As the hero of the film “The Light That Failed” fired his revolver five times, a sixth shot also rang out on the evening of MAY 30th, 1946, in Bristol’s Odeon cinema.
The audience assumed this was part of the soundtrack. It wasn’t. Robert Jackson, the cinema’s manager, lay dying in his office, a bullet in his temple.
He was found by one of his staff, and he died in hospital the following morning. Meanwhile detectives had ruled out robbery as the murderer’s motive. The cinema’s takings were still in the manager’s safe, the keys in his pocket, and for 46 years the case remained unsolved.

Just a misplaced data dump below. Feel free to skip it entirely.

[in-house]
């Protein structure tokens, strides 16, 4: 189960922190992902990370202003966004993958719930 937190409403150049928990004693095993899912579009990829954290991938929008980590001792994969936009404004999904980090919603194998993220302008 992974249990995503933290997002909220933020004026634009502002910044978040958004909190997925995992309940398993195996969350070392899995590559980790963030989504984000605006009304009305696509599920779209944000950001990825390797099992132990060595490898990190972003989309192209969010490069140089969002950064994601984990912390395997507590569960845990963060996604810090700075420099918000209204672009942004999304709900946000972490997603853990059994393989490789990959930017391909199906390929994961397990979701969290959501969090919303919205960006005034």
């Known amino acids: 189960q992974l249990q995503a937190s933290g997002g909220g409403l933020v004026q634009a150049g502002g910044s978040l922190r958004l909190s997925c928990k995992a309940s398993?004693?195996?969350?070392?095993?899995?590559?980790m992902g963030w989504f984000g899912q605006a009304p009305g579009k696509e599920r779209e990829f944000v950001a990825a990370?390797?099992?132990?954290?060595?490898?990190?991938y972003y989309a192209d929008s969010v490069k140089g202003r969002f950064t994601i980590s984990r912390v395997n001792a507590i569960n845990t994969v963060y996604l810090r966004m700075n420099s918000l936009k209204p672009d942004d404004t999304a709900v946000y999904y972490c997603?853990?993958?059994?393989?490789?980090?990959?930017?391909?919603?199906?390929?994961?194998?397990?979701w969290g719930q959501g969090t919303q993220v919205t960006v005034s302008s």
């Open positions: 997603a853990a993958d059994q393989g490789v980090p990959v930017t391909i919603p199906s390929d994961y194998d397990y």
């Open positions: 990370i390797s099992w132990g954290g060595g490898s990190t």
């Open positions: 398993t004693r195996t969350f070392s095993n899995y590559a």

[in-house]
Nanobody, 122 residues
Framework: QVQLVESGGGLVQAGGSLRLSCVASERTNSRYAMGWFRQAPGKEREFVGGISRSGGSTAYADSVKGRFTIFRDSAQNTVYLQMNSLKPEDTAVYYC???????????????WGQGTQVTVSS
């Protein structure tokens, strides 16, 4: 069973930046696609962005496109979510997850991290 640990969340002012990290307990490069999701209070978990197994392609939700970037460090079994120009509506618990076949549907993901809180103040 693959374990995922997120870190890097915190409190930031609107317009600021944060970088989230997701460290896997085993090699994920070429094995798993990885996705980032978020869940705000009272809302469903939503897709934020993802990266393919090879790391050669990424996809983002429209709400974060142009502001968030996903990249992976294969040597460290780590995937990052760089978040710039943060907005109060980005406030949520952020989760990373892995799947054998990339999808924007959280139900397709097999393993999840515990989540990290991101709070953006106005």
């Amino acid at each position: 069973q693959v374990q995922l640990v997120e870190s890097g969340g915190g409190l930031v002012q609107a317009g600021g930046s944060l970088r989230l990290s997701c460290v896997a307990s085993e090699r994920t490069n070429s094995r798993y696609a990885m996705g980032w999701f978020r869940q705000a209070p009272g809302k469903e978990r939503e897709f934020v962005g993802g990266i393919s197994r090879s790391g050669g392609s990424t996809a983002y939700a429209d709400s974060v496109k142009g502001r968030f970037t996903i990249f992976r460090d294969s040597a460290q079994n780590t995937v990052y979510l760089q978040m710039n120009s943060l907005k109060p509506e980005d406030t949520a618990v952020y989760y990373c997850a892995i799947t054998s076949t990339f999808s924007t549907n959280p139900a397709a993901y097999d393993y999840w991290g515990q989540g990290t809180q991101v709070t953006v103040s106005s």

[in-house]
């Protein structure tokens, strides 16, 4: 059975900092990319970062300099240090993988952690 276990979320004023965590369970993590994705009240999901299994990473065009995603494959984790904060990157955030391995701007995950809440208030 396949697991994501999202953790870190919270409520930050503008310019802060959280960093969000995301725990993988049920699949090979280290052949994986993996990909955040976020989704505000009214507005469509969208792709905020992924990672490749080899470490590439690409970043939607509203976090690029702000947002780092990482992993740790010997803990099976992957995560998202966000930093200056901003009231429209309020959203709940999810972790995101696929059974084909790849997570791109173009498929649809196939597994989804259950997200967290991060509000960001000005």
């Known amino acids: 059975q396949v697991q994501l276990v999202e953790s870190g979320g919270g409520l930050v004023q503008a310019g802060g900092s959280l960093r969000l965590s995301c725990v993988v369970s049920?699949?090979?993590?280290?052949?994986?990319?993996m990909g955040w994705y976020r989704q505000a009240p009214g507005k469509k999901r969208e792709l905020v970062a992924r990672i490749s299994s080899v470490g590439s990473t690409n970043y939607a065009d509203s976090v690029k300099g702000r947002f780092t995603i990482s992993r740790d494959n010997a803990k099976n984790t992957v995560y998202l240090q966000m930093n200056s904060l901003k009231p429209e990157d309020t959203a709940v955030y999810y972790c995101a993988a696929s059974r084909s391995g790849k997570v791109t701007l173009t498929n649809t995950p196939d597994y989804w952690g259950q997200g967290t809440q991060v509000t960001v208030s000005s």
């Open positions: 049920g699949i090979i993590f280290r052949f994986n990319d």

Then a 49-year-old tattooist walked into a Bristol police station and told detectives that the killers had been his father, known as Billy the Fish, and another man, and both were now dead.
His story satisfied the police that he was right, but he could throw no light on the murder’s motive. He was only a toddler at the time, and all he could say was that his father – who had died in 1989, aged 81 – was “a monster without a conscience – he never lost a single night’s sleep over the killing.”